Goblins was recommended to me over a year ago, but I only started reading it a month or two ago. I instantly fell in love with it. Once I passed the first chapter I knew that this was a comic I would not stop reading. It is an excellently crafted storyline with remarkable characters which turns on its head the fantasy stereotypes of good and evil. The artwork has been solid most of the way through, especially once colour was introduced. And it’s funny too. An impressive combination. One of its best features, though, has to be the encounter design.
Being a story about goblin adventurers in a D&D setting, there are a number of dungeon crawls and monster encounters. Every last one of them is both clever and ruthless. From a plant which turns people into zombie minions to a nightmare creature made entirely of hands, or a dungeon where thousands of parallel universes converge, every challenge demonstrates the ingenuous mind of the writer of the comic. While each character and relationship is interesting and well written, even the background to their discussions is an impressive and (usually) terrifying construct.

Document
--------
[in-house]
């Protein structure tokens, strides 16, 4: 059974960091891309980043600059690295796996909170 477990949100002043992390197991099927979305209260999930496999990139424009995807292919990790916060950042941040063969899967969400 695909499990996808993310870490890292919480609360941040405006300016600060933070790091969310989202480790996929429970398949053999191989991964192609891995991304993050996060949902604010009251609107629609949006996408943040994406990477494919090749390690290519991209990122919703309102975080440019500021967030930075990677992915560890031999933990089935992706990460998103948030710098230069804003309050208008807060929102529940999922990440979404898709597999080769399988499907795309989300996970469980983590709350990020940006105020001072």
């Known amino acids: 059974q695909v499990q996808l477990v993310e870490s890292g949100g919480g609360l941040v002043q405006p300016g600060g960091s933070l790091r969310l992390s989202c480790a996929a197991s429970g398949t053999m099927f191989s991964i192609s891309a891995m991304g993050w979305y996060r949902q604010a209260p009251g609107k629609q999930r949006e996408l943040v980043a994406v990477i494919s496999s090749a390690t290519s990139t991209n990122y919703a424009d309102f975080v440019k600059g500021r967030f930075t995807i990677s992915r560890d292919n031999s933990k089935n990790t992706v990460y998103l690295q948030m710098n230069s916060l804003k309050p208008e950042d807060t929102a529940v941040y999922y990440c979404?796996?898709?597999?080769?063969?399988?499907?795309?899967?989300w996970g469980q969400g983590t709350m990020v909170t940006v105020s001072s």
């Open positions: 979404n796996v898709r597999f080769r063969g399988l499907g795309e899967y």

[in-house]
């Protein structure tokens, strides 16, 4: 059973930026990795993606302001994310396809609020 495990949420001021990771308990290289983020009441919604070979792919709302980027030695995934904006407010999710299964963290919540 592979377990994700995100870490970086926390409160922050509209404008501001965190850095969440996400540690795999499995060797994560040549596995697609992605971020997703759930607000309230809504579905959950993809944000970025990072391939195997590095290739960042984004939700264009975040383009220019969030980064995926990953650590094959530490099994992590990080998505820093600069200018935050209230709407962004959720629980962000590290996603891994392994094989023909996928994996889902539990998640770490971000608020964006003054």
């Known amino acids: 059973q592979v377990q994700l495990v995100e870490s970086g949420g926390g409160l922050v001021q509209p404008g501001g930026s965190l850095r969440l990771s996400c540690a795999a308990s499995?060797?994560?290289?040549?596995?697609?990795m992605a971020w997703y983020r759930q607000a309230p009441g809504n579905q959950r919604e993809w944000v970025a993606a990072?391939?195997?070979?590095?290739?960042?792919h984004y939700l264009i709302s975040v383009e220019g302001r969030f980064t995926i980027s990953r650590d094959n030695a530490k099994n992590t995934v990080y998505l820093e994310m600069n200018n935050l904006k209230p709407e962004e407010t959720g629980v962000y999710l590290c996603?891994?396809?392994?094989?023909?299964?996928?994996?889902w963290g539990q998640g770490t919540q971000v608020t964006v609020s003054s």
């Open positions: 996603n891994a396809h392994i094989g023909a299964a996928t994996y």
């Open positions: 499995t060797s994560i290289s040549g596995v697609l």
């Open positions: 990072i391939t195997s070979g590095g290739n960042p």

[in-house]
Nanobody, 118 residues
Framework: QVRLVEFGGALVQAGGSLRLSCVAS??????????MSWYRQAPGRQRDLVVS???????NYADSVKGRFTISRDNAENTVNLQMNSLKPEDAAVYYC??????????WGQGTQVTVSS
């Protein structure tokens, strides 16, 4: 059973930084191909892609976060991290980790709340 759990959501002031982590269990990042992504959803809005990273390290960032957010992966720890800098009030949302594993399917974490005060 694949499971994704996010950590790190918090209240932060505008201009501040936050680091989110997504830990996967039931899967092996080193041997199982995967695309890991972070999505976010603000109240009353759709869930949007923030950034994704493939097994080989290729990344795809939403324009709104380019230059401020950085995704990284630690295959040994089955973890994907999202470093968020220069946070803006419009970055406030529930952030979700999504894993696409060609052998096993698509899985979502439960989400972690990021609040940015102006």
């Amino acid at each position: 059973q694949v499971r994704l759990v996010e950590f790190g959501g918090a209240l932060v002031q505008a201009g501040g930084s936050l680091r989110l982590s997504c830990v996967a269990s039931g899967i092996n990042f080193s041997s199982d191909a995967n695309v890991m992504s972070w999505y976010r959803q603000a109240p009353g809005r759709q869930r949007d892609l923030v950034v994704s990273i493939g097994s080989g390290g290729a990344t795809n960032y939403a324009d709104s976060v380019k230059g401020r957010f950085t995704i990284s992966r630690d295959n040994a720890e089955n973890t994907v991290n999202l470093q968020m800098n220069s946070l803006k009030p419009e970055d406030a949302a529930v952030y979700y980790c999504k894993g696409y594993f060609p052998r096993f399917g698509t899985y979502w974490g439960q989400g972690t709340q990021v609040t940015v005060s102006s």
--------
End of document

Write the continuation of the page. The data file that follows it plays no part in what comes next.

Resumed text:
My favourite stories are always the ones about morality, so it’s no surprise that Goblins stands among them. With goblins who are good, a paladin who somehow is evil, and humans more monstrous than the monsters they hunt, it challenges every preconception about the D&D universe as we know it. My favourite character though, does have to be one who doesn’t really worry too much about morality, though he faces a few ethical problems of his own. Minmax the warrior is a fine example of the excellent characters in this comic. He lightly taps on the fourth wall every so often by explaining how he has traded all sorts of things for greater combat prowess. For example, he has Weapon Proficiency: Furniture. He traded it for his ability to wink. Genius.
So essentially, read it. It’s clever, and it never disappoints. There are some pretty emotional bits in there too. Get reading!